So there goes that theory; sorry Dave. The Reason columnist offered one more half-baked charge:
Lastly, the fact that the poll report fails to include a detailed methodology—such as the actual survey and a description of the sampling methods—is a strong indication of its inherent bias. National survey firms routinely include this information to make the survey results and methods transparent to readers. How are we to tell if the small sample of 405 Oregon voters polled were genuinely selected at random and are representative of the population? Readers have no way to evaluate quality of the data and whether the sample accounts for geography, income, gender, political affiliation, etc. of respondents. If the pollsters have nothing to hide, then why not release their methods?
Technically, the author has a point here--the very best survey releases are ones that include the full survey instrument, detailed methodology, and crosstabs/weighting information. And for research-based polling, those are absolutely required. But private polls don't typically release full transcripts of their surveys in press releases, and that does not by any means render them "inherently biased." The description of methodology reads
From October 12-16, 2006, Greenberg Quinlan Rosner Research conducted a statewide survey by telephone among 405 registered voters in Oregon who voted in the 2004 November general election that included Measure 37 on the ballot. The survey’s margin of error is plus or minus 4.9 percent.
Nobody with the credibility GQR has would publish a margin of error calculation without working from a random sample of the universe--Oregonians who voted in November 2004. The survey was statewide, so that answers the geography claim. Question texts are included, although not all of them. The failure to actually print the exact text of the ballot test question is the one thing I would agree should have been done. It's the most important question, and how it was worded is part of the equation. Overall, however, the quality control standards exercised in the survey are rigorous enough to assuage fears of a nonrepresentative sample or question bias.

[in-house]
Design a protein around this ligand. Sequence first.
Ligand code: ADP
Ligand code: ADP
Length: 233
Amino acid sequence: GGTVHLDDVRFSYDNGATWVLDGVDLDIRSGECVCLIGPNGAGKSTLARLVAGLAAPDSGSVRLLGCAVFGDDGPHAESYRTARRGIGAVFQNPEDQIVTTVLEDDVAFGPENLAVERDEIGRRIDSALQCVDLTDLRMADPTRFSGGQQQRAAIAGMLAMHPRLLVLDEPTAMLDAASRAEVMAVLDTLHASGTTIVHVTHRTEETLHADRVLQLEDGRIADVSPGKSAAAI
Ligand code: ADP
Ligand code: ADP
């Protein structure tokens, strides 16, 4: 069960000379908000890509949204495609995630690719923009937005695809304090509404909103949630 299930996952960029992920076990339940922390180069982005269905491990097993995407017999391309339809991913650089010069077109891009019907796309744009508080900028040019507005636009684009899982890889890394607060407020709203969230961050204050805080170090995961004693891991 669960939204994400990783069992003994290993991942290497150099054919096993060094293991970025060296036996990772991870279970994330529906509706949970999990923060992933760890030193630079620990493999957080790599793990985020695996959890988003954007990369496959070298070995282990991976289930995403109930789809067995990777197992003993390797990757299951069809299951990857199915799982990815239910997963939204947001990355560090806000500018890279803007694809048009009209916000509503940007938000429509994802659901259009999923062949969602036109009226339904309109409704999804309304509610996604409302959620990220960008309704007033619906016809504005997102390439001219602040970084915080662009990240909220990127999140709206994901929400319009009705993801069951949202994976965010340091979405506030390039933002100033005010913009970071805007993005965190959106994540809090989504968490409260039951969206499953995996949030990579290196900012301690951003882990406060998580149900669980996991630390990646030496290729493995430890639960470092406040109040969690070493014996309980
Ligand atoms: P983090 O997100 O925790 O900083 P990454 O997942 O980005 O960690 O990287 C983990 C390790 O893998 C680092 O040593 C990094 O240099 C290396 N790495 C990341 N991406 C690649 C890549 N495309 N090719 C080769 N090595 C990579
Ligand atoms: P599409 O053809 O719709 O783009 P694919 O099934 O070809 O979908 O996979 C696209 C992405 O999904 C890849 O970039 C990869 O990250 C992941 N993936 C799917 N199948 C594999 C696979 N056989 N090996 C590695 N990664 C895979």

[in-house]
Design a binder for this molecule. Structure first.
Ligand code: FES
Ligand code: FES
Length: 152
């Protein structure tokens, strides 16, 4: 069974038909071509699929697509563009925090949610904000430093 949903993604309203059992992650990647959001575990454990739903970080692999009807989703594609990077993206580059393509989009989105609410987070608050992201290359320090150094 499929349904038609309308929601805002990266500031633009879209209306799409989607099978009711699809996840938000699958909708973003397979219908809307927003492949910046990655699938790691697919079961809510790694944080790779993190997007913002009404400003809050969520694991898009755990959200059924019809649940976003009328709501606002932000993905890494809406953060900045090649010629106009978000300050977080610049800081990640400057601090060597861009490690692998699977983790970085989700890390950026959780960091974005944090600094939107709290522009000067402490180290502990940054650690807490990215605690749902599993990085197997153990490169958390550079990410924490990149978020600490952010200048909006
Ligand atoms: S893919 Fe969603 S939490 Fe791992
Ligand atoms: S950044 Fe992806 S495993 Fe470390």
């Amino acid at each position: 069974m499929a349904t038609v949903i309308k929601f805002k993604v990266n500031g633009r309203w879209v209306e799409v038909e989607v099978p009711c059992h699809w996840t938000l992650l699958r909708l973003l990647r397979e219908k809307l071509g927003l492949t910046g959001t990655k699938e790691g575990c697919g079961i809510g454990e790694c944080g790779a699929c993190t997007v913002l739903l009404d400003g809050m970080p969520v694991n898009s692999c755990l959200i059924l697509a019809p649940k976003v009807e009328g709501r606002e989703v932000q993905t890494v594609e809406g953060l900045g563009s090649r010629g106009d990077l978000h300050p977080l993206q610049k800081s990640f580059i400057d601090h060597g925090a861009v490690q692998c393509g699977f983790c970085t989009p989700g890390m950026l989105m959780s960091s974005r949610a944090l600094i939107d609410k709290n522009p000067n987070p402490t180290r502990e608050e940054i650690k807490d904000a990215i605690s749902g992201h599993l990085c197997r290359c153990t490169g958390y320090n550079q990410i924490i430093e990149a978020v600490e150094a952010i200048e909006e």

But that's just one poll, I hear skeptics say, and it's still done by a Democratic-leaning outfit, no matter how professional. That's why it's handy to have another poll on the subject, just released by 1000 Friends of Oregon, the primary anti-37 advocacy group.

To be honest, I don't think 1000 Friends has been anywhere near as visible as they need to be in this session; OIA people are dominating the hearings in the Land Use Committee. But they did take into account the likelihood that OIA and their supporters would seize any chance they could to shout "Push poll! Push poll!" and parried that assumption by using a Republican leaning pollster, Moore Information. You may remember them as the ones who tried to tell us Saxton and Kulongoski were neck and neck {pdf} at 38% in September. So no one's going to accuse them of slanting left.

And they got roughly the same results GQR found {pdf} three months ago: 61% would favor changing M37--23% would like to see it repealed entirely--while 31% want it left alone. They don't have a straight ballot test measure; they used an "informed ballot" that came after the "what would you like to see happen" question, yielding a 52% No vote against the measure. Moore's press release provides several crosstabs, and states explicitly that it conducted a statewide representative sample of 500 voters, for a 4% MoE. So Moore comes at the issue from a slightly different set of questions but largely replicates the GQR survey, and definitely reinforces it with much fresher data.

Taken together, it's very difficult for OIA and their denizens to refute the claim Oregonians that feel they got more than they bargained for with M37. The Legislature is empowered and has the responsibility to act on that sense of the electorate, and to look at ways to reduce the confusion and create a process in balance. There is a whole range of things that can be done or not done, and in the near future we'll try to address some of the ideas the Fair Land Use Committee might have to chew on, if they can put the freeze on M37 for the duration of the session by passing Senate Bill 505. But don't let anyone tell you that Oregonians aren't amenable to change, or that the polls indicating that amenability are anything like push polls. They're trying to distract you.